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What is it about Sweden that visitors to the country and social commentators seem to find so damned attractive? Could it be the nature-loving, environmentally minded, tradition-celebrating, healthy-living, coffee-guzzling, summertime slacking Swedish lifestyle?

When it comes down to it, the lifestyle of most Swedes is dictated by the seasons. Wintertime is typically a period of working hard, entertaining at home and cultural outings and winter sports at the weekend. When summer arrives, it’s ‘everyone outdoors’ to the countryside, usually to a “sommarställe”, summer cottage, whiling away the month of July (seriously) with family and friends, fishing, boating, berry picking and celebrating the sun.

If you in adjunction to the EABCT 2016 congress plan to travel around you should be aware that the Right of Public Access (‘Allemansrätten’) gives you the right to roam the countryside in Sweden in perfect peace and quiet without someone saying: “get off my land”. When you are in Sweden you have the right to walk, cycle, ride, ski and camp on any land with the exception of private gardens or land under cultivation. Sweden’s natural wonders; Swedish Lapland, the Swedish mountains, coastlines and archipelagoes are waiting for you to come and discover them.


Northern Sweden, including legendary Swedish Lapland, is unique. Where else can you gaze in wonder at the Northern Lights, go fly-fishing for salmon and arctic char in the midnight sun, or lace up your hiking boots and tackle the world-famous King´s Trail (Kungsleden)? Arctic Circle cities Luleå and Kiruna are the last major outposts of civilization, modernity and comfort just minutes from the wilderness. If you enjoy your visit to the northern part of Sweden, come back during wintertime and stay at the Ice hotel in Jukkasjärvi, go dog sledding with a Sami guide or take an adventurous day trip on a snowmobile.


Gotland is an island located 90 km from the Swedish mainland and ferries depart every day from Nynäshamn, just south of Stockholm. Arriving in Gotland by ferry, you are met by the medieval, walled town of Visby (an UNESCO World Heritage site). Visby is Gotland’s only town and what a town it is; expect and get low-rise, red rose-covered cottages, tall towers, turrets and spires, shady arches and ‘twisty-turny’ cobblestone streets and olde worlde shops. The word ‘charming’ was invented for this town. Park yourself at one of the many cafes and eateries and soak in the medieval surroundings with a contemporary cup of coffee and Gotland speciality saffranspannkaka, a saffron pancake with red berries and cream.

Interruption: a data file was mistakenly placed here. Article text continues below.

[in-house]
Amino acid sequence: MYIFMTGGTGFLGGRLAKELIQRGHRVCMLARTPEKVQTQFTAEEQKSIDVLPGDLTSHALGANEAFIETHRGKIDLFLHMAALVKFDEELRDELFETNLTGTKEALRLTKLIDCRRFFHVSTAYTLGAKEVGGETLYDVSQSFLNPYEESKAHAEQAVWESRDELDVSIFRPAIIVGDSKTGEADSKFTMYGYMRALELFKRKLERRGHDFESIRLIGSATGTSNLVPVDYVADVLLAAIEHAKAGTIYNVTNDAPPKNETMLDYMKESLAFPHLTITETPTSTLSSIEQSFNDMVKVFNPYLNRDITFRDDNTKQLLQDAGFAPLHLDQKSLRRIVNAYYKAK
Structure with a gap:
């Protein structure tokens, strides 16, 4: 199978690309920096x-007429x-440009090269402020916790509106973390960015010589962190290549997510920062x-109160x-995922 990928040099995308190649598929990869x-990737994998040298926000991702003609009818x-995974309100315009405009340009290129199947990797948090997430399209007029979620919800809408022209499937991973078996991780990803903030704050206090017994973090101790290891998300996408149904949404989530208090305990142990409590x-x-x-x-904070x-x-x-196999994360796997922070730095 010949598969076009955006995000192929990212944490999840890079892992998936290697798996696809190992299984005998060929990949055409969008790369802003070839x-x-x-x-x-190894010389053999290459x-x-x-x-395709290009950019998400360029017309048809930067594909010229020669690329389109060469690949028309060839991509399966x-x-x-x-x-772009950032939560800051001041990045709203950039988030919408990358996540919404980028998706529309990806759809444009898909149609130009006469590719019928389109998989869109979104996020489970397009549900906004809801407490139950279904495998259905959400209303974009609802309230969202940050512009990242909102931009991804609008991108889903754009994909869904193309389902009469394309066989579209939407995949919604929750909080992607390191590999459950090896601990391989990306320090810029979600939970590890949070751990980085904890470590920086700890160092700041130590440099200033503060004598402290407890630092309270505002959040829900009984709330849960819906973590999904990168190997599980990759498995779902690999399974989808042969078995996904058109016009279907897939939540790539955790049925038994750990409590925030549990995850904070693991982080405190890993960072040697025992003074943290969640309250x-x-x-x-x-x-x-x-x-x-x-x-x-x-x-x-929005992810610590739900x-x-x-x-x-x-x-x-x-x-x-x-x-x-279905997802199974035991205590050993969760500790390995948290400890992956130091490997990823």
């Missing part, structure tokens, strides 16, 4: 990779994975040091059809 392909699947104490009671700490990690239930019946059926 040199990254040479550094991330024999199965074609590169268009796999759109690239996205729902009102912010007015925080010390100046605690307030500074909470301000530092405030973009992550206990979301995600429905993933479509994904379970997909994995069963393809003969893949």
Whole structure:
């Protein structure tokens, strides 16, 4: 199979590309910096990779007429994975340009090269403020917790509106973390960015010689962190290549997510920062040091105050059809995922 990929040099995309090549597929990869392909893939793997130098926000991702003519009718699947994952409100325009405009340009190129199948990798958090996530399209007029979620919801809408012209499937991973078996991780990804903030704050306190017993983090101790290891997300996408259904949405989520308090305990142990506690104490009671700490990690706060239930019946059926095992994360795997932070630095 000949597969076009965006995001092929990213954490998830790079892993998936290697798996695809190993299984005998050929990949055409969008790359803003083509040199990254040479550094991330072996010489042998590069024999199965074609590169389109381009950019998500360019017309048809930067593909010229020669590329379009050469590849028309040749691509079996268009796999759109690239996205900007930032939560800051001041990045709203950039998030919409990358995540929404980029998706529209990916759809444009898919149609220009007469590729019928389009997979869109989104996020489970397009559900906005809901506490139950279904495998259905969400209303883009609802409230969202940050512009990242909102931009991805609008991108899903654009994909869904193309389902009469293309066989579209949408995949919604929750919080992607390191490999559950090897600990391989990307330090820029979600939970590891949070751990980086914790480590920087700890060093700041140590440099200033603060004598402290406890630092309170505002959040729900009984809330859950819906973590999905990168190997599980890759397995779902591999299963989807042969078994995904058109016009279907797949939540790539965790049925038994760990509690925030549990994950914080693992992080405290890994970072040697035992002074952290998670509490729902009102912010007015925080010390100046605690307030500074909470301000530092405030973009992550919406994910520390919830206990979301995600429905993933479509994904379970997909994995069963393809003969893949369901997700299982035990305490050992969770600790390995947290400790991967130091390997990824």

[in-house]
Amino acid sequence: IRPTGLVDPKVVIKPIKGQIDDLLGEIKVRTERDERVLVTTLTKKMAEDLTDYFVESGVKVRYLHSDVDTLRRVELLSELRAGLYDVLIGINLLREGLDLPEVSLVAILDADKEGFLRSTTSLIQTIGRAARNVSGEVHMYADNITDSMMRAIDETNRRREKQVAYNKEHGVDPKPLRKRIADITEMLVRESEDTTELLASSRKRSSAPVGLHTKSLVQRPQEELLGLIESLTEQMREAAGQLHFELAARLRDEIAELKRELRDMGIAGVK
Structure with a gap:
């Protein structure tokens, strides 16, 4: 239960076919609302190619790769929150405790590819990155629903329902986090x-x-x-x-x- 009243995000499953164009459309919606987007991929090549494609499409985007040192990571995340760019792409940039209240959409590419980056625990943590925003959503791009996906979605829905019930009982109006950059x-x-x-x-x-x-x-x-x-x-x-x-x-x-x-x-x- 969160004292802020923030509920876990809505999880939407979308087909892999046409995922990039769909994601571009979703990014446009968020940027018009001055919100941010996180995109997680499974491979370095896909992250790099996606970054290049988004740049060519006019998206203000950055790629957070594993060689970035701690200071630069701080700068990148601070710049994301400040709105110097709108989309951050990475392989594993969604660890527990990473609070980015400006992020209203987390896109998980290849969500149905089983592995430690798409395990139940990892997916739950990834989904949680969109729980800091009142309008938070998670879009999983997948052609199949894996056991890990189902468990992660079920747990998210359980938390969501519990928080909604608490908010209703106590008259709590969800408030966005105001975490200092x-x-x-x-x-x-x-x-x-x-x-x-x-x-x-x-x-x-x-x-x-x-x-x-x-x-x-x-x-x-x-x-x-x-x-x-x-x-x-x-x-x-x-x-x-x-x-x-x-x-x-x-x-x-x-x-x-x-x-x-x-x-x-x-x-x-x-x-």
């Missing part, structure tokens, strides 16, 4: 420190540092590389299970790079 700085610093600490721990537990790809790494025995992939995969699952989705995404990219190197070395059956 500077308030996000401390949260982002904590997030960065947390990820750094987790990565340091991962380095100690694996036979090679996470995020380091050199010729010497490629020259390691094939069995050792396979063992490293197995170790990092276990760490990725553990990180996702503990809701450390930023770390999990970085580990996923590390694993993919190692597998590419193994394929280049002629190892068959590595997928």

Gothenburg and the West Coast have got international travel journalists and food bloggers eating out of their hands. World-class seafood, world-class restaurants and a coastline and archipelago to die for. The western archipelago, as it is known, is 8,000 islands, islets and rocks strong. The seascape environment is as spectacular as it is accessible and what you get is calm, sheltered waters for paddlers of all skill levels – no strong currents or tides. There are also plenty of canoeing and kayaking specialst along the coast that offer guided trips, equipment etc.


Skåne is the country’s southernmost region and one of northern Europe´s richest farming districts. It´s as pretty as a patchwork quilt with fertile farmlands, forests and lakes littered with castles, manors and museums plus magnificent gardens. A stronghold of the Viking era, you will also find an abundance of medieval churches as well as picture perfect renaissance style villages. Find lush, leafy forest and dramatic rocky coasts in the northwest, endless fields and mile-long white beaches in the south, gently rolling hills and green groves to the west.

The picturesque small town of Ystad – on Skåne´s south coast – is the home of bestselling author Henning Mankell´s police inspector Kurt Wallander. This is the spot to do the Wallander tour and check out the Österlen region, an area of splendid beauty, with gently rolling hills, long white beaches and lush apple groves.


The texts above are borrowed from the following website, where you will find more information about what to do on your extended visit to Sweden:




Frida Gustavsson

Frida Gustafsson (Marketing manager) likes:


When you have had enough of all the Stockholm stimuli, you should make your way down to south central Sweden and visit Vättern, the fifth largest lake in Europe. I live in beautiful Jönköping at the lake’s’ southernmost end, and I find it a privilege to have this this long, deep, beautiful body of water nearby, which surrounds itself with a somewhat mystic aura. In and nearby Vättern are plenty of spots worth visiting – for example the ruins of the Brahehus castle, Omberg Ecopark and the island Visingsö.

kb profil

Kajsa Bergwall (Social media manager) likes:


Less than an hour from Stockholm you find the picturesque small town called “Trosa”. This is a charming little town by the ocean loved by people from all around the world. Here you can take a stroll by the calm river called “Trosa-ån” or eat some delicious fish in one of the many fine restaurants. Trosa is a must-see in the summer time!

You can take the “Trosa-bus” to Trosa: http://trosa.com/travel/trosabussen-en/

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